Only 20 percent of organizations are implementing an improvement program
CHICAGO—Despite having access to more information and analytics than ever before, poor data quality is crippling procurement performance, according to the First Annual Procurement Data Governance Survey, released by BravoSolution, a strategic procurement solution provider, and North Carolina State’s Supply Chain Resource Cooperative (SCRC).
This study is first in a series of research projects designed to uncover the current and future state of data governance within the procurement function and the role good governance plays in advanced analytics.
“The report highlights the importance of data quality and governance mechanisms that organizations can put in place to achieve value,” said Robert Handfield, executive director of SCRC at North Carolina State University. “The results of the First Annual Procurement Data Governance Survey emphasize that for organizations seeking to harness the power of analytics, investment in data governance is a foundational requirement for procurement.”
BravoSolution and SCRC surveyed 70 procurement leaders and found that for almost two-thirds of organizations, bad data quality is the primary cause for less than optimum procurement decisions. The research also showed that although poor data is a significant industry issue, only 20 percent of organizations are currently implementing an improvement program.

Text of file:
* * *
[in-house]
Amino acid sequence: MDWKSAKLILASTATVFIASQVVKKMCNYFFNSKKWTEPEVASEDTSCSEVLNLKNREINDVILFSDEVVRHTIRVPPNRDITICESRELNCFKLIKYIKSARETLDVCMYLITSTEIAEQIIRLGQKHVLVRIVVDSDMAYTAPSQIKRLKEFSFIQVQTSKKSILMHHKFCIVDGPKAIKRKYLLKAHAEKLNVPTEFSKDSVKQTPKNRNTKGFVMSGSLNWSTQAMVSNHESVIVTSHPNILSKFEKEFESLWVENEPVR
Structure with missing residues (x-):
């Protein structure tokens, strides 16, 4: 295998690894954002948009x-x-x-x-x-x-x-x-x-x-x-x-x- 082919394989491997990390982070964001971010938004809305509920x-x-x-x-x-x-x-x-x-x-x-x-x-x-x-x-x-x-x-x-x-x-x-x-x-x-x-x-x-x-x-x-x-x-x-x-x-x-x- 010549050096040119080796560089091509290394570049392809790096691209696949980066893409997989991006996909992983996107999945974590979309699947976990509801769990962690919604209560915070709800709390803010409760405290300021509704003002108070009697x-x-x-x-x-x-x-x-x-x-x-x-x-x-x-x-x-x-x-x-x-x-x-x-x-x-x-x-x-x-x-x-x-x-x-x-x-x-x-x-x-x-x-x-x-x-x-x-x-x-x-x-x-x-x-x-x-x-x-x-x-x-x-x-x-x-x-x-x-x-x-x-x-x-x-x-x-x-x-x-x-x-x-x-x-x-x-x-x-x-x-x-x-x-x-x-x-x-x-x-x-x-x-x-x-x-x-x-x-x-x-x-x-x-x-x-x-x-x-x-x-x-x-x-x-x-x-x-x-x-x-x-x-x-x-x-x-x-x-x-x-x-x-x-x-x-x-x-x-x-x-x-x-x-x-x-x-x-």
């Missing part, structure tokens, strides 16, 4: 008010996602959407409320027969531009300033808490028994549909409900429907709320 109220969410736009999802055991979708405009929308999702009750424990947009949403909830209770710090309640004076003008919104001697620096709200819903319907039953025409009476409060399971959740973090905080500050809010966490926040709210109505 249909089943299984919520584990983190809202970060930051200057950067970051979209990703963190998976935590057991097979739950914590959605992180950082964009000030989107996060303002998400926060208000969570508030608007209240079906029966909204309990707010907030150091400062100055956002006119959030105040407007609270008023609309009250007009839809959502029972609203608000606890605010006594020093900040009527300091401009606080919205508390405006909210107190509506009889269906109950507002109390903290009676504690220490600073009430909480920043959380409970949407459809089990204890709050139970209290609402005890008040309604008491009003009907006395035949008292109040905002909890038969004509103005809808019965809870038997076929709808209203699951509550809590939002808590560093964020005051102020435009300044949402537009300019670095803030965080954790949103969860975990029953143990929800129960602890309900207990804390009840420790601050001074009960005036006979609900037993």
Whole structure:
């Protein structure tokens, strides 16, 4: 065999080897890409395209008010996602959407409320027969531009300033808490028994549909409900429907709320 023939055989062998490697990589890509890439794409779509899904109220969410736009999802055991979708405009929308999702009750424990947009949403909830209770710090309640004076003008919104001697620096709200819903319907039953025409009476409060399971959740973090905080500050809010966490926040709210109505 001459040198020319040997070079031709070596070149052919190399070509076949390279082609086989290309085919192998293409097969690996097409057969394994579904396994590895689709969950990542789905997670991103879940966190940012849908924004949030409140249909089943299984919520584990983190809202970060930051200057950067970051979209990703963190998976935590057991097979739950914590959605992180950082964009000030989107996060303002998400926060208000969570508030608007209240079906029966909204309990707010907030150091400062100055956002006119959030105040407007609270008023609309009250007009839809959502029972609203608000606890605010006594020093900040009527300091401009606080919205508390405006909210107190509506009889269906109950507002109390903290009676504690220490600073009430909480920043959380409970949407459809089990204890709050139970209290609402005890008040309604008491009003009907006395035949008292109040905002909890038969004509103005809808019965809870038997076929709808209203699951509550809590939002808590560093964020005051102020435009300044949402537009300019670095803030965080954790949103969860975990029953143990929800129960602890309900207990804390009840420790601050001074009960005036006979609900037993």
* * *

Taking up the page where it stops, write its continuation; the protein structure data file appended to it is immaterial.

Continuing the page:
“Procurement is no exception to the big data movement. Advanced analytics is the key to unlocking procurement performance. They provide the only way to gain true strategic insights that create the business case for action and leads to supply initiatives that capture opportunities for reduced cost and increased value,” said Andrea Brody, chief marketing officer at BravoSolution. “Data should drive, not inhibit, confident decision-making. If procurement teams can’t rely on what the numbers show, it makes digital strategy and transformation virtually impossible.”
When asked to rank data quality priorities, 58 percent of respondents said accuracy was the biggest concern, followed by valid data (18 percent), complete data (11 percent), unique data (11 percent) and timely data (11 percent).